Anyone can read the links…but I can bottom line it for others who may not have time. ***Disclaimer: The following is my understanding of things, based on the research I’ve done and the experiences I’ve had, both with diocesan review boards as well as the National Review Board.

        The National Review Board (again in a nutshell) oversees and advises the implementation of the Charter in dioceses. They gather information, conduct audits and review reports, policies and practices for the Office of Child and Youth Protection (OCYP). The Charter (Charter for the Protection of Children and Young People) is simply the Catholic Church’s policies and guidelines about how to handle victims when they come forward and how to protect future children from abuse within the Church.

        (Where’s Hadit, Joan and Jerry to give us all the right words?) Sorry, folks, you’re stuck with me.

        At the diocesan level, there are review boards as well. They are to implement the Charter and report to the National Review Board of how they are implementing the policies and practices.

        There are some good aspects to the Charter and the purpose of the Review Board…but, I’ll just cut to the chase about the loopholes. Let’s pretend you have an honest bishop. An allegation of suspected clergy abuse has been brought to their attention. T

        he Charter outlines exactly what they are to do and they do it. They follow all the proper procedures. The Review Board would be made aware of the situation and they review and advise the diocese (bishop)on how the Charter is to be implemented (based on the information they’ve been given about the situation). They, essentially, are the hall monitors. Hall monitors with experience and titles and expertise (we hope). If that honest bishop makes a mistake in handling things, the Review Board would (should) advise the bishop to correct the mistake.

        You see where I’m going with this?

        Pretend you have a dishonest bishop. A bishop that wants to uphold their image, doesn’t like to be told what to do, withholds information from the Review Board because they have already “handled” the situation, or is use to doing things a certain way…layer it all with some clericalism. (There are many ways a dishonest bishop can operate here).

        A Review Board can advise all they want, but if they don’t have a full picture, are fed information that isn’t complete, or are heavily influenced by a bishop, then they are only as good as the bishop they are working under.

        In the link…see who the review board answers to. The bishop has final say.

        Points worth noting…The Review Board members are appointed by the hierarchy. Audits are self-reporting. Do you suppose bishops appoint members to a board that will challenge them or buck the system?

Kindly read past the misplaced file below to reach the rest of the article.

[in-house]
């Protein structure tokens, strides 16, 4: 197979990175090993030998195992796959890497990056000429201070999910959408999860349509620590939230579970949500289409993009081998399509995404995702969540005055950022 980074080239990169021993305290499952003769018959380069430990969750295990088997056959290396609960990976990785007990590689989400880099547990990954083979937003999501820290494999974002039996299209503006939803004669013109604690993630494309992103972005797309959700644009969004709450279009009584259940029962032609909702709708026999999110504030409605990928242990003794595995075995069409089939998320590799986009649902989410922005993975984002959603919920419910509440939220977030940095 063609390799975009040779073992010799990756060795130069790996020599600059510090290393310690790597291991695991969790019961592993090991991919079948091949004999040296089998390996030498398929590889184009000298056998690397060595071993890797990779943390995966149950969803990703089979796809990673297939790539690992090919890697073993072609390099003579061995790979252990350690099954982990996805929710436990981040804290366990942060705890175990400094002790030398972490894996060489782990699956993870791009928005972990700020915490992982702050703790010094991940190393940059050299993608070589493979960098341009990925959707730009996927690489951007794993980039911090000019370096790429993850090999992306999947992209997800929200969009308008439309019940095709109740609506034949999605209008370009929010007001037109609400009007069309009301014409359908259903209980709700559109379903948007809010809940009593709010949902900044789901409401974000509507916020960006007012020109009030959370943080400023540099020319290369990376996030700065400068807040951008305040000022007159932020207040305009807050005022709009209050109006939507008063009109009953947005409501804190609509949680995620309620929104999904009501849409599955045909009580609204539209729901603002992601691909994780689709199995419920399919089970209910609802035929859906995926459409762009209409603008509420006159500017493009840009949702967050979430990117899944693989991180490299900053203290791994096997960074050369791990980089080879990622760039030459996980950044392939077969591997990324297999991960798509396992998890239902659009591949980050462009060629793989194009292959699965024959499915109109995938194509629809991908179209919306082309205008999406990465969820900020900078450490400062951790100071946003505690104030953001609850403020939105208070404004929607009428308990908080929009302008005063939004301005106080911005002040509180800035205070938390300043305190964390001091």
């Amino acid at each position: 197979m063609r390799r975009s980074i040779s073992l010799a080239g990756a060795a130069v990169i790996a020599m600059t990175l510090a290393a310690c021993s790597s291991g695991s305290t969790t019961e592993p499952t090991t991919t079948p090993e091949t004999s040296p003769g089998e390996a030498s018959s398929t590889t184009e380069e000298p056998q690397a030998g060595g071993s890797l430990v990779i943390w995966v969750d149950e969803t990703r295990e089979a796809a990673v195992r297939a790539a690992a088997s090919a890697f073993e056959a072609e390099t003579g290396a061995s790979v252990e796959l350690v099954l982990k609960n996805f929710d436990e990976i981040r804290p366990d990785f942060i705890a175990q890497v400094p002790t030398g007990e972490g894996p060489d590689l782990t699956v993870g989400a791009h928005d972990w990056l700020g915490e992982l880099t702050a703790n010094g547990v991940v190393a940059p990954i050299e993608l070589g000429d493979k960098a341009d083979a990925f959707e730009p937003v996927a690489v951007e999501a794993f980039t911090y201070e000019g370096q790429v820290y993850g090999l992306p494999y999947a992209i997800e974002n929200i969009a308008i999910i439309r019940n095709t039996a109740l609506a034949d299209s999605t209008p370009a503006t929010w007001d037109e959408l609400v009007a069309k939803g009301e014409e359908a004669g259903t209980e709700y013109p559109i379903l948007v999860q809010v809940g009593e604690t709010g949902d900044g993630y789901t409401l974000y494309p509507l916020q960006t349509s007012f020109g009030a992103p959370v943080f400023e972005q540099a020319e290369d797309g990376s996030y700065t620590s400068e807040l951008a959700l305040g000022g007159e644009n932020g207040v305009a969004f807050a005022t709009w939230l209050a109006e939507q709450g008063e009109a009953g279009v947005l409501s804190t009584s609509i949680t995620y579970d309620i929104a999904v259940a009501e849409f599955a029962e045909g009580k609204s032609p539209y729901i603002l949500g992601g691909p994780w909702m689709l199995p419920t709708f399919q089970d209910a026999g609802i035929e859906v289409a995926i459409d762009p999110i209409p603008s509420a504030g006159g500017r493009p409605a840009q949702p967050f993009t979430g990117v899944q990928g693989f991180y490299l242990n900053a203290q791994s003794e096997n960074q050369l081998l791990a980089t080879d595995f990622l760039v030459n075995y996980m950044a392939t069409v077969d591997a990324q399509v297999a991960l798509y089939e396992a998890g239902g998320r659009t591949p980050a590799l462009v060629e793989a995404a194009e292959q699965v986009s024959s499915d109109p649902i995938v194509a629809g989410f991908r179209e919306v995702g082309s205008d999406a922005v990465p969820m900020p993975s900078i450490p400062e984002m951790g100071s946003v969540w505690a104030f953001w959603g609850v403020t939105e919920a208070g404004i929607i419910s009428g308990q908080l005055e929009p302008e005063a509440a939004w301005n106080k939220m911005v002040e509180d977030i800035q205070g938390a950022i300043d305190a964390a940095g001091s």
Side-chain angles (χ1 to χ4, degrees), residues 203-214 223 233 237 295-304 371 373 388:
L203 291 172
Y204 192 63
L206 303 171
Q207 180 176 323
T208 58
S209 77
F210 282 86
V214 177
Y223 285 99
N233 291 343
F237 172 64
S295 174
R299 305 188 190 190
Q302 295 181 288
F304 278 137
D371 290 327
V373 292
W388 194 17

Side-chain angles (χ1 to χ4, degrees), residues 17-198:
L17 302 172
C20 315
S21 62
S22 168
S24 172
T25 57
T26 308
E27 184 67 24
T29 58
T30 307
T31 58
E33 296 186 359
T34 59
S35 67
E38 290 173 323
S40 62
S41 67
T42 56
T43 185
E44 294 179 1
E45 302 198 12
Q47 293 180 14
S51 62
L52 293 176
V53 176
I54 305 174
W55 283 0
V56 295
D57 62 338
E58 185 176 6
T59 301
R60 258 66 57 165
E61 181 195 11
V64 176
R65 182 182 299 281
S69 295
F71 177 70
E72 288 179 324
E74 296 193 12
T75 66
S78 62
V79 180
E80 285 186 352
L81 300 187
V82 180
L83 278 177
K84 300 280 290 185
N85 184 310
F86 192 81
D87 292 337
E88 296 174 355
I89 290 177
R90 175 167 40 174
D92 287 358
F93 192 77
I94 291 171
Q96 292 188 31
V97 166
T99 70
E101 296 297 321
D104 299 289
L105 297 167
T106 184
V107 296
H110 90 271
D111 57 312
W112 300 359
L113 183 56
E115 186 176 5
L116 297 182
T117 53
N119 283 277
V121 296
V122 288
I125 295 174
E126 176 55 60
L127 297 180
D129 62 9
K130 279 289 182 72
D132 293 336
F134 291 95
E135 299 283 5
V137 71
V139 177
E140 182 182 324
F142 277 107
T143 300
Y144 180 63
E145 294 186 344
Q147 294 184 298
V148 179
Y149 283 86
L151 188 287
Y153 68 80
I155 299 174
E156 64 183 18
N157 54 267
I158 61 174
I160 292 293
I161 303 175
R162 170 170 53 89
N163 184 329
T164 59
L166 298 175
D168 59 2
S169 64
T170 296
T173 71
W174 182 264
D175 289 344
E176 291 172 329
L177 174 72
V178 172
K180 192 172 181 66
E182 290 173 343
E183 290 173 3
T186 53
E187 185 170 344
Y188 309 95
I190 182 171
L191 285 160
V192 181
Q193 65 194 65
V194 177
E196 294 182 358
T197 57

In our situation, a review board didn’t have a clue what was even being said to them. They went along with whatever the bishop (and chancellor) suggested because they didn’t have all the pieces. The victims advocate was inept and couldn’t articulate what abuse my husband suffered. She ended up crying to my husband about how she was asked not to contact him (my husband) after the review board’s final meeting. She didn’t know what to do because what they were asking her to do was immoral and unethical as a victim’s advocate. She had already given my husband “too much information.”

        Names of the review boards members should be public.

      • SW that was exactly what I hoped you would do, post wise, I can dig out the technical stuff, but you have been there and express yourself, oh so well. And right now, in Philly as folks will have to depend to some degree on THEIR Review Board…it’s good that they understand the process AND the loop holes.

      • Way to go, SW! Nice work.

        Today, I read an article from the Catholic News Service. It explored 6 Review Boards from around the country, speaking with various members of the Boards. All of the members attested to a good experience, meaning they believed they had accomplished the Boards’ objectives, and that diocesan officials had cooperated. (In a separate story, I read that the head of the Board in Finn’s diocese resigned last month without saying why.)

        Is the Catholic News Service monitored by the Vatican? I assume it is. Clearly, then, it would confine itself to exploring Review Boards in a positive light. Can anyone cite articles attesting to Review Board “atrocities”?

      • Hadit, Catholic News Service is would, of course, try to repair the image of Review Boards..ugh!

      • Hadit…from the CNS home page:

        While created in 1920 by the bishops of the United States, CNS is editorially independent and a financially self-sustaining division of the U.S. Conference of Catholic Bishops. CNS is staffed by trained, professional journalists; all eligible nonmanagement staffers are members of The Newspaper Guild/Communications Workers of America.

      • Hadit, get the trial depositions of the thousands of abuse claims, that have been ajudicated….there I think you will find the story throughout the US of treatment of victims by dioceses, their attorneys, investigators, Review Boards et al.

        It is no accident that responsible groups protecting children, SNAP, Sipe, Jenkins Doyle, all say the same thing. If you are abused do NOT go to the Church, go to civil authorities.